Also, you always may draw the room by applying reverberation, especially by using impulse responses and convolver.
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Glocke
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Re: Audio Interface for Drum Recording

Post by Glocke »

sadko4u wrote:You may ask your drummer to record short track by applying different microphone set-ups.
For sure! :)
sadko4u wrote:Also, you always may draw the room by applying reverberation, especially by using impulse responses and convolver.
I'll keep that in mind! :)
sadko4u wrote:Also remember that in the drum setup main microphones are overheads, all other microphones are used to add low-end of drums ('body').
I thought in metal productions, overheads are mainly used for cymbals - not to represent the kit as a whole (like in other genres). Or did I misunderstood your statement?
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sadko4u
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Re: Audio Interface for Drum Recording

Post by sadko4u »

Glocke wrote:I thought in metal productions, overheads are mainly used for cymbals - not to represent the kit as a whole (like in other genres). Or did I misunderstood your statement?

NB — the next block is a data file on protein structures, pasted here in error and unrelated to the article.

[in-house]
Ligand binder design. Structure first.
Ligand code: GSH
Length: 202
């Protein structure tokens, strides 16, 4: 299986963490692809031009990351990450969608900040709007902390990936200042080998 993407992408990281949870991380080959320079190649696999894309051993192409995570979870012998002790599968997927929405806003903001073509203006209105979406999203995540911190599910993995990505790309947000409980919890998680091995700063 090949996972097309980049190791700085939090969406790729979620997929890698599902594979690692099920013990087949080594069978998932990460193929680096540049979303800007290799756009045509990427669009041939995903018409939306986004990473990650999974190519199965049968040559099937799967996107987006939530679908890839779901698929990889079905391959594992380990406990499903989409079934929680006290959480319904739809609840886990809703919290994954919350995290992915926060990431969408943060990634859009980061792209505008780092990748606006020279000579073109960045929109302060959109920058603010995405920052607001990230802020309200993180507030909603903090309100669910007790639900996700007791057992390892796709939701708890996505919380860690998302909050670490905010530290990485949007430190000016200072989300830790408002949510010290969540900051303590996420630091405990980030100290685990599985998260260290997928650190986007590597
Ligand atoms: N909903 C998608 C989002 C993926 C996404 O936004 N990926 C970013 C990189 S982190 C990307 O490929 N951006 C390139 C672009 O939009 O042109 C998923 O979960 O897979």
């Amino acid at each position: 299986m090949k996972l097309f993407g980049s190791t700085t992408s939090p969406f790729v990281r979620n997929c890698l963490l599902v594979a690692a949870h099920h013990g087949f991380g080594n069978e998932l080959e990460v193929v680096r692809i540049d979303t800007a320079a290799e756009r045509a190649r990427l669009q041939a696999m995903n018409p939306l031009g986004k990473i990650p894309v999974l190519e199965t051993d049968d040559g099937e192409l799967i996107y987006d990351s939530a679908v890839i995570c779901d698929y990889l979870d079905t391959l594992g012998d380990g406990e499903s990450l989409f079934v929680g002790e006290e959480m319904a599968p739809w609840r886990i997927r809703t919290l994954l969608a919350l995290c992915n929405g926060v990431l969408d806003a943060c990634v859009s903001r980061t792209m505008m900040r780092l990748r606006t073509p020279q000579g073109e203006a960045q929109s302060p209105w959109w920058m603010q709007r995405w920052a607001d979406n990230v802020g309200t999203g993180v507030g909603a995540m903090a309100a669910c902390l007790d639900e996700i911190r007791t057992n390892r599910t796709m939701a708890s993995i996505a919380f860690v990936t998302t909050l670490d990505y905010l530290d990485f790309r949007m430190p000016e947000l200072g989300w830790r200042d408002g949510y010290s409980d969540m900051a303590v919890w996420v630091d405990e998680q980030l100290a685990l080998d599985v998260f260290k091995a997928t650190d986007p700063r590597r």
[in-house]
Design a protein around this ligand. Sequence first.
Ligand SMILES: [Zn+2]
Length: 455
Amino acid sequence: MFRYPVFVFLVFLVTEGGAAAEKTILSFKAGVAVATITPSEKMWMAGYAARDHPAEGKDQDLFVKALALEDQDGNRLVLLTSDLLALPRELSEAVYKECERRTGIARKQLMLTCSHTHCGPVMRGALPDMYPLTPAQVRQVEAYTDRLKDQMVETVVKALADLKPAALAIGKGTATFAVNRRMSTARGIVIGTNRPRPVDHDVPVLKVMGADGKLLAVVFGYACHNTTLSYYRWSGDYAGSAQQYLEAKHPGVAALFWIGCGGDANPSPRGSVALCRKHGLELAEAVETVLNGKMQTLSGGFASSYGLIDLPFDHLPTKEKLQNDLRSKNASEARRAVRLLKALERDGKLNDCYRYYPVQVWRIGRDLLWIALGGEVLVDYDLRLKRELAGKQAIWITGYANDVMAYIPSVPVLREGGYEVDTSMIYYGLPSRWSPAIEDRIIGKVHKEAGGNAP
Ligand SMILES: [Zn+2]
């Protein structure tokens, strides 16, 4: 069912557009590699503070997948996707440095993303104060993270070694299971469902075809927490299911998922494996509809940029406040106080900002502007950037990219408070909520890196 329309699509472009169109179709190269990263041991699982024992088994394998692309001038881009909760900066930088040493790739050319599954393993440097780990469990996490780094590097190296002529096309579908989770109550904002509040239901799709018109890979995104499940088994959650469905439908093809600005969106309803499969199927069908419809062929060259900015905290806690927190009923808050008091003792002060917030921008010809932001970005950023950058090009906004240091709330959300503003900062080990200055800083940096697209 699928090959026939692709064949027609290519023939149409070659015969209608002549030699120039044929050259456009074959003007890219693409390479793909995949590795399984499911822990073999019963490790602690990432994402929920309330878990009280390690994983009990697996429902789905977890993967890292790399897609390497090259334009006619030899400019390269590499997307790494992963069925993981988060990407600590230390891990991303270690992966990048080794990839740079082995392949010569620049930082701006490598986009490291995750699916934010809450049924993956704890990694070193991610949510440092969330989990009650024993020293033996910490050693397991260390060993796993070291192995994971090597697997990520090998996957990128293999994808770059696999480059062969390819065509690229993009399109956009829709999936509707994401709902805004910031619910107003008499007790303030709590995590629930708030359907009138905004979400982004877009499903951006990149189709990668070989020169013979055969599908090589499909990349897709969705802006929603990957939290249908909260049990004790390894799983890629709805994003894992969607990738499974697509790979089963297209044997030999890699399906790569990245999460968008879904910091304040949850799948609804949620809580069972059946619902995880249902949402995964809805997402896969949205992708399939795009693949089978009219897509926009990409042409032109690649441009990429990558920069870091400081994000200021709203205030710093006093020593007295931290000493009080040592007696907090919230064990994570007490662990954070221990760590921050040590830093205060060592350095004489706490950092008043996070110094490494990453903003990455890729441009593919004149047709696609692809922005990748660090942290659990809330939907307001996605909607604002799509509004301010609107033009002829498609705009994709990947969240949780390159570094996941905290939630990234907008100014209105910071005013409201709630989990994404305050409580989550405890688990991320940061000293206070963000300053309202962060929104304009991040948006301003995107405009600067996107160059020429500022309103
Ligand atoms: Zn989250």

Beginners often do unbalanced mix of the entire drum kit because don't know how loud each instrument must be and where it should be located in the stereo image.
Overheads take the sound of all instruments in drum kit, so for mixing drums you should first turn all instrument faders off (except overheads) and start to add silently each instrument. You will hear the moment when (for example) the snare track becomes a bit louder than the snare in the overhead's track. That's the point where you should stop adding the loudness to snare's track because you've found the balance between snare's track and overhead's track. The same balancing tehnique should be applied to all other instruments like Kick, Toms, Hihat, etc.
When you've completed with the loudness, you should apply panning then by moving pan control of the instrument's track left or right. You'll notice the point on the pan's scale where the instrument has good and defined position in the stereo image. So, this is the real panning point of this instrument.
So overheads are very important, much more important than room microphones, that's why I've called them main microphones